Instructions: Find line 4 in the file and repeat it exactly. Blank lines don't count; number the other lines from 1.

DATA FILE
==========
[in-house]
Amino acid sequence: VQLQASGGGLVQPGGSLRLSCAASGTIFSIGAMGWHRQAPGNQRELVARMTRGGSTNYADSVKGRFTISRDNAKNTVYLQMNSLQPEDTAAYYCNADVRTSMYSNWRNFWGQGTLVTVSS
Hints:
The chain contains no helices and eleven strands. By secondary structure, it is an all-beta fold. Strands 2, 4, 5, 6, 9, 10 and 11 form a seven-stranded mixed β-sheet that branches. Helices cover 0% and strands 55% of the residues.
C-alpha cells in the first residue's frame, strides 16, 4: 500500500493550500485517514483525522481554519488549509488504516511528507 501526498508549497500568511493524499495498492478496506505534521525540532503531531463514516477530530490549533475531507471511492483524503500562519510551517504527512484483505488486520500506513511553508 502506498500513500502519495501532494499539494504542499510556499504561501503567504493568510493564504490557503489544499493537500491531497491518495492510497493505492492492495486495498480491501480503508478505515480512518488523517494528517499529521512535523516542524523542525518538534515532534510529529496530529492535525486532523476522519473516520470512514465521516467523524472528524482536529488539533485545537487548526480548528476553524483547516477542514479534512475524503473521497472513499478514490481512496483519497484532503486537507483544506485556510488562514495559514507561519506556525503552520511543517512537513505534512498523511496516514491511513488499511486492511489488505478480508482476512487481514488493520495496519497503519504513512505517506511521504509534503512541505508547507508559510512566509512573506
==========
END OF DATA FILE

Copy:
The chain contains no helices and eleven strands. By secondary structure, it is an all-beta fold. Strands 2, 4, 5, 6, 9, 10 and 11 form a seven-stranded mixed β-sheet that branches. Helices cover 0% and strands 55% of the residues.